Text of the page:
This entry is courtesy of guest blogger Carla Dunn. Carla is a senior broadcast communications major at LMU.
Summer break… that coveted few months every student looks forward to each year for sleeping in and taking a break from school work. For me I had an extra reason to be excited about my 2011 summer break. I was given the opportunity to be an intern at NBC affiliate WBIR Channel 10 in Knoxville, Tenn. I remember the joy and excitement I felt when I got my acceptance letter late one night. I might have awakened my dorm neighbor with my shout. Shortly behind the excitement was the nervousness of thinking about what my summer might hold for me. I would be working alongside news anchors and reporters that I have watched on TV since I was a child. The question that came to mind was…would I be prepared? I was entering my senior year as a Broadcast Communication major, and had already completed the majority of BCOM classes.
First there was an orientation, a sort of meet and greet where I discovered the other interns who came from as far away as Texas, were just as nervous as me. A week later my first full day was on May 2ndand I soon found my niche with the Channel 10 family. Everyone was extremely nice, and very willing to answer any question I had. I worked mostly with reporters Stoney Sharp and Steve Butera, who offered tremendous amounts of advice and guidance you can’t find in a classroom. For that I am very grateful to them. I also developed a much greater respect for reporters, because not only are they reporters, but they are backpack journalists (BPJ’s). They are the writer, camera man, editor, reporter, and countless other jobs that go into making a news package rolled into one person. Oh, and they must have all that done for the six o’clock news.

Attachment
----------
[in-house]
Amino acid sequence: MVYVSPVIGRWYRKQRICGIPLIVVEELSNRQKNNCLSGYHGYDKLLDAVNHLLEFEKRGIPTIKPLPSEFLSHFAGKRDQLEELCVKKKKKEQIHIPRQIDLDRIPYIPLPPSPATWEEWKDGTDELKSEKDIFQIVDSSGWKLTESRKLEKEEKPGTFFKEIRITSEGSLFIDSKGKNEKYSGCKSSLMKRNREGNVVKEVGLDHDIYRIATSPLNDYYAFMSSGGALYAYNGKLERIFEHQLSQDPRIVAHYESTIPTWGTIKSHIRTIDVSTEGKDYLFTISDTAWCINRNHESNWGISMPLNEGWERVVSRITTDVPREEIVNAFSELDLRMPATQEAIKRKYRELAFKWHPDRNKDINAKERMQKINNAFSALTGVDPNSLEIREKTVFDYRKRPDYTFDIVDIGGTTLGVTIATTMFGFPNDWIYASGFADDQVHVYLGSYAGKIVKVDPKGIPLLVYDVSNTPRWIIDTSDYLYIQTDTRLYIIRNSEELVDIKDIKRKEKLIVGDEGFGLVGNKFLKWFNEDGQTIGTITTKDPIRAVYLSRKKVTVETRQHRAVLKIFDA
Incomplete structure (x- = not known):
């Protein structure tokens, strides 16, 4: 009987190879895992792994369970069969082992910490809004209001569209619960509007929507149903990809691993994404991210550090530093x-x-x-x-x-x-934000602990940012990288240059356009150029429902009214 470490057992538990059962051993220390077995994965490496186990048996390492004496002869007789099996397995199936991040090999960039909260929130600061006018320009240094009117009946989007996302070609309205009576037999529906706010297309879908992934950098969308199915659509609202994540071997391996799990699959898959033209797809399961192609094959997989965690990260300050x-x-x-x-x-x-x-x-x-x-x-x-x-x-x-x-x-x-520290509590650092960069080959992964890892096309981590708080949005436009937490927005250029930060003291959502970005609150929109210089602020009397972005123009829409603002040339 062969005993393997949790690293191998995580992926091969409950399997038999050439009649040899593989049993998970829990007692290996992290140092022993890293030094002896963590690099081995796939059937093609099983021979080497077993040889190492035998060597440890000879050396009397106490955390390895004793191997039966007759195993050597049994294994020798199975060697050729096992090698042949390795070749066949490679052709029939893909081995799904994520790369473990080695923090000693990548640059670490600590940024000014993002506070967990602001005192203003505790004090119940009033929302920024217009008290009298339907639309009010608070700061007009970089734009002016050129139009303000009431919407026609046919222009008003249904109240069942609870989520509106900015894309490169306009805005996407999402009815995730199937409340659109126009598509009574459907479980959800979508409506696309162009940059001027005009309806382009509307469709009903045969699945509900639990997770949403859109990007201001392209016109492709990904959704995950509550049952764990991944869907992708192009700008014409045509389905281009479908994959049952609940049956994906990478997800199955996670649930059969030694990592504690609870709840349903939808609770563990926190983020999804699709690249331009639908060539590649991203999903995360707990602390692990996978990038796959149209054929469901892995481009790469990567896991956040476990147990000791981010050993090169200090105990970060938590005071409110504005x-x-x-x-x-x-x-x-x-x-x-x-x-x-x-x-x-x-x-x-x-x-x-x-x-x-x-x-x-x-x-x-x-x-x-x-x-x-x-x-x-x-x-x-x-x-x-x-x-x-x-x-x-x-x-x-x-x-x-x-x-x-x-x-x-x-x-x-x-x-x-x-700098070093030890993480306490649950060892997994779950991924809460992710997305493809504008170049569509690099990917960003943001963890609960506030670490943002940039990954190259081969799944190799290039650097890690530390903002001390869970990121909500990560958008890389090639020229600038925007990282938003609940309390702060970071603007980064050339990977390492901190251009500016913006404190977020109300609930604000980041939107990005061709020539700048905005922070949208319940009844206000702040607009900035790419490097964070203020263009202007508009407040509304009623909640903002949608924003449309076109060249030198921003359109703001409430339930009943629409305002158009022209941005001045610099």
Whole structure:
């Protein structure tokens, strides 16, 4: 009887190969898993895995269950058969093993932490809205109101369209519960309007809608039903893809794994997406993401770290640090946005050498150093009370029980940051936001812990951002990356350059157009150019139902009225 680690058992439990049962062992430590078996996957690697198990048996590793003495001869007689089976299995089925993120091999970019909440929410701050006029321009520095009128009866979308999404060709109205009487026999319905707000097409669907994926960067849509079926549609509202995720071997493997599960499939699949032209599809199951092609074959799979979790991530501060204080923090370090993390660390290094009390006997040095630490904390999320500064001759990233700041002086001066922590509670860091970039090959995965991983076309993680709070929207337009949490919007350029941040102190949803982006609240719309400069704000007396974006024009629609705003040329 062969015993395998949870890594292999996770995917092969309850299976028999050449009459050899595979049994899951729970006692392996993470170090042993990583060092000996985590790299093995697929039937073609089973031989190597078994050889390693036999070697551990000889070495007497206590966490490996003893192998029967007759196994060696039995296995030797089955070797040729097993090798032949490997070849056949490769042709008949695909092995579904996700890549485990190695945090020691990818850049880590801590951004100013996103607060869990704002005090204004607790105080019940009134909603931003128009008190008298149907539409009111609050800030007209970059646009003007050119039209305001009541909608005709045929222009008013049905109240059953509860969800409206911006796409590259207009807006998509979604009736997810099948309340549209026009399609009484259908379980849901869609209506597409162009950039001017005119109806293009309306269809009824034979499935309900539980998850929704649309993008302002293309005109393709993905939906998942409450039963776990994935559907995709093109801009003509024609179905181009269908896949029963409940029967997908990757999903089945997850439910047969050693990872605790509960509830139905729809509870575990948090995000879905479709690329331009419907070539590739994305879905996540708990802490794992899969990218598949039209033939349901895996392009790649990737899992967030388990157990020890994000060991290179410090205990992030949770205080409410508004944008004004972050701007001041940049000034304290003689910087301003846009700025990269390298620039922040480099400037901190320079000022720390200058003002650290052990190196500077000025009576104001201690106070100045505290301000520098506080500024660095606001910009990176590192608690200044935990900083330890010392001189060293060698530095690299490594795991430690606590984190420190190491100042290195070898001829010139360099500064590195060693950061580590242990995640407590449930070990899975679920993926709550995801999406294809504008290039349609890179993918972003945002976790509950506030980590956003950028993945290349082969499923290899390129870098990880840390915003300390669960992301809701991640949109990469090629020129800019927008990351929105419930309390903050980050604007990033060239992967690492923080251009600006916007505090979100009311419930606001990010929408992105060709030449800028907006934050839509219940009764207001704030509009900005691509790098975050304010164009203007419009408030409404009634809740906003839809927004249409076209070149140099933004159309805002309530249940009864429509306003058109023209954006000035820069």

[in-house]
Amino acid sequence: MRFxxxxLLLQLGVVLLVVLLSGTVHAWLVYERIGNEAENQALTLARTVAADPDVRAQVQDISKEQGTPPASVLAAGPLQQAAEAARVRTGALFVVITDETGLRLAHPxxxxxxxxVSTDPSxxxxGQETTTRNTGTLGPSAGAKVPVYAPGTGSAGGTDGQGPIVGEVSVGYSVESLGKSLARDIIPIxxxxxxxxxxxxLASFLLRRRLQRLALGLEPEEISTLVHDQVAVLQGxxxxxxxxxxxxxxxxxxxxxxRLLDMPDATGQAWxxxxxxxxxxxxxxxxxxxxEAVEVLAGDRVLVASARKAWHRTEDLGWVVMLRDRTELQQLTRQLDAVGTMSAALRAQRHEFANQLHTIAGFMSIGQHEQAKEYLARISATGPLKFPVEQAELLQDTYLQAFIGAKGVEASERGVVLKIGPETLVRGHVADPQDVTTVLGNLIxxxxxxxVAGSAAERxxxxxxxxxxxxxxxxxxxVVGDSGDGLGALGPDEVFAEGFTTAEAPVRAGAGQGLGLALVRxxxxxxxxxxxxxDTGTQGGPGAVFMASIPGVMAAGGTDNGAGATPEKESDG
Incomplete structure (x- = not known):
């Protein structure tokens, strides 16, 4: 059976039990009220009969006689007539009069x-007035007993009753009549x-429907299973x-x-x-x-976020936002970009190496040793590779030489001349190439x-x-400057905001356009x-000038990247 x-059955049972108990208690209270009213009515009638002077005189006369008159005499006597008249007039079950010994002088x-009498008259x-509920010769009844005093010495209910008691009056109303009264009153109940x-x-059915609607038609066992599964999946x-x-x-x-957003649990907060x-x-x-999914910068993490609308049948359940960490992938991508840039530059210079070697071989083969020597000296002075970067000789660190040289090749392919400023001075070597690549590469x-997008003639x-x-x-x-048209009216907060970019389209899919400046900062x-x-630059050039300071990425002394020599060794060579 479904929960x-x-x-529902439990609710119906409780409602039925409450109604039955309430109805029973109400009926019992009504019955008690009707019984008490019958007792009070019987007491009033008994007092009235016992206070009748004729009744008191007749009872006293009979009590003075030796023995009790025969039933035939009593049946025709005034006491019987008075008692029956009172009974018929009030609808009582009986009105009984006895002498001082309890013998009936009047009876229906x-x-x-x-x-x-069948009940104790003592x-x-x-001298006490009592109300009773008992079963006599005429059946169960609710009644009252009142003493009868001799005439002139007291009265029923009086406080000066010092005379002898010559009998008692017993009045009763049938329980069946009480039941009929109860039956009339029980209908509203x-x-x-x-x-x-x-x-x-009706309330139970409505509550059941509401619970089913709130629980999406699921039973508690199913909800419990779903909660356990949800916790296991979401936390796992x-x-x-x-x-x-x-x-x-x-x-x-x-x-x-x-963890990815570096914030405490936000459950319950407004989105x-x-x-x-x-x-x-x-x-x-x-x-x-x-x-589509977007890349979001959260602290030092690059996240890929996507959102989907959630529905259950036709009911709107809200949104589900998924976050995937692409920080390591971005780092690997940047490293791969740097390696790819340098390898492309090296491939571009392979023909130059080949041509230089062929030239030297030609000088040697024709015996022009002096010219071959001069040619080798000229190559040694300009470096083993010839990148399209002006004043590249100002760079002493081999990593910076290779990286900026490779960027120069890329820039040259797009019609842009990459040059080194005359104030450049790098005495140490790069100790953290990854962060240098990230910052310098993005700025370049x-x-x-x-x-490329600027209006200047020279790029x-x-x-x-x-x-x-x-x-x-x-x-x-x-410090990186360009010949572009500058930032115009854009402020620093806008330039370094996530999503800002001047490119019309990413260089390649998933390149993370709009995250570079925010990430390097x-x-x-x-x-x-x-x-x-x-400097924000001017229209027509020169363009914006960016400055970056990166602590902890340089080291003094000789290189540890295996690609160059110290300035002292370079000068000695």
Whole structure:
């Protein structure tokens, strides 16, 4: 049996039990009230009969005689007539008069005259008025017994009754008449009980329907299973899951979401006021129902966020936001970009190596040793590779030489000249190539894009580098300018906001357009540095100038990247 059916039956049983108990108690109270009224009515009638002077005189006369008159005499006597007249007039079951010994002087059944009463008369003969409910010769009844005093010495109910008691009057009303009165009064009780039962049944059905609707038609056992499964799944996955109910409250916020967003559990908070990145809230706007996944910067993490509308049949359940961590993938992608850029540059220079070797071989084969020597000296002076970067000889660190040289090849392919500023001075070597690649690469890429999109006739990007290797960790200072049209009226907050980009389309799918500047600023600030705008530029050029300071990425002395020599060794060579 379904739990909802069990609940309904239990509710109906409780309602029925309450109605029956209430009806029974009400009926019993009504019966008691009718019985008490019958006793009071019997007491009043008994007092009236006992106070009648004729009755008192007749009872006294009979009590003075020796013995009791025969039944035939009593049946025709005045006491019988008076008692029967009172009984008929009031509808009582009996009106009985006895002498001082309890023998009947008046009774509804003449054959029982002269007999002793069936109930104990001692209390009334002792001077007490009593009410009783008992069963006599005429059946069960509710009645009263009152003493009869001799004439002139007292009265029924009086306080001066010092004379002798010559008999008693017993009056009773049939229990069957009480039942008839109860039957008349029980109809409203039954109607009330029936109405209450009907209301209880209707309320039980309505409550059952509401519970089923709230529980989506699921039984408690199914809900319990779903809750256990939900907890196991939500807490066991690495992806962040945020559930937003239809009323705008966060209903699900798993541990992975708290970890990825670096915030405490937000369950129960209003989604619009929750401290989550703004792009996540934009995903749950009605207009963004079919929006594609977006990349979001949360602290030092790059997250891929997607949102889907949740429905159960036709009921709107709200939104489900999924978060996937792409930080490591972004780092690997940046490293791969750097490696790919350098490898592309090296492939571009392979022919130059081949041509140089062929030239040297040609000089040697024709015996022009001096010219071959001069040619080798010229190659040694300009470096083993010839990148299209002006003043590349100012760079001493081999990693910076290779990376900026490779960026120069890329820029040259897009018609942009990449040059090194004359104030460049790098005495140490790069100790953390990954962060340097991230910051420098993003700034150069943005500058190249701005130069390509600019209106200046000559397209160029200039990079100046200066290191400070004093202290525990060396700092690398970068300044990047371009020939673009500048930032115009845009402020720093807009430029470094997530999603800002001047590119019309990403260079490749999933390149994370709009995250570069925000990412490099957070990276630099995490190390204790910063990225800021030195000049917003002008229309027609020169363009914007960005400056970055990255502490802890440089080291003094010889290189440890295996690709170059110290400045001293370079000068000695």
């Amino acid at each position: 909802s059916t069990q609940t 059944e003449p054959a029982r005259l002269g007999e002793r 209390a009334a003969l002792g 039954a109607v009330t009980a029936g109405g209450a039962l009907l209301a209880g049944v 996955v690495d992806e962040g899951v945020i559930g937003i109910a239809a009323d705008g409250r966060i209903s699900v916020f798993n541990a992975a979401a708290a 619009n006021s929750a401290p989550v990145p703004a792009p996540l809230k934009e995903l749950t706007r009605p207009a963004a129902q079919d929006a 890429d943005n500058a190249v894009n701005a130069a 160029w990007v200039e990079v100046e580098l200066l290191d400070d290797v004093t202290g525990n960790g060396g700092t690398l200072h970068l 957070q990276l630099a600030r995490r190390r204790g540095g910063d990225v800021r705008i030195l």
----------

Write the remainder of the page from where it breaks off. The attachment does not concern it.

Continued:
My favorite part of being a reporter for the summer was going out into the community and meeting countless precious people. The stories that you cover might not always be good news stories, but the people you encounter along the way of bringing the story to the viewers is very special. One gentleman in particular was dealing with the power outages in Knox County from the storms earlier this summer. He was also blind, a diabetic and required special care daily, but he was a blessing to me because of his optimistic attitude and outlook on life that he shared with me. While we were in his home the electricity came back on and he cried tears of joy. Those kinds of stories are special, and allow WBIR to live up to their motto, Straight From The Heart. They’re a family at Channel 10 and now I feel like I am a part of that.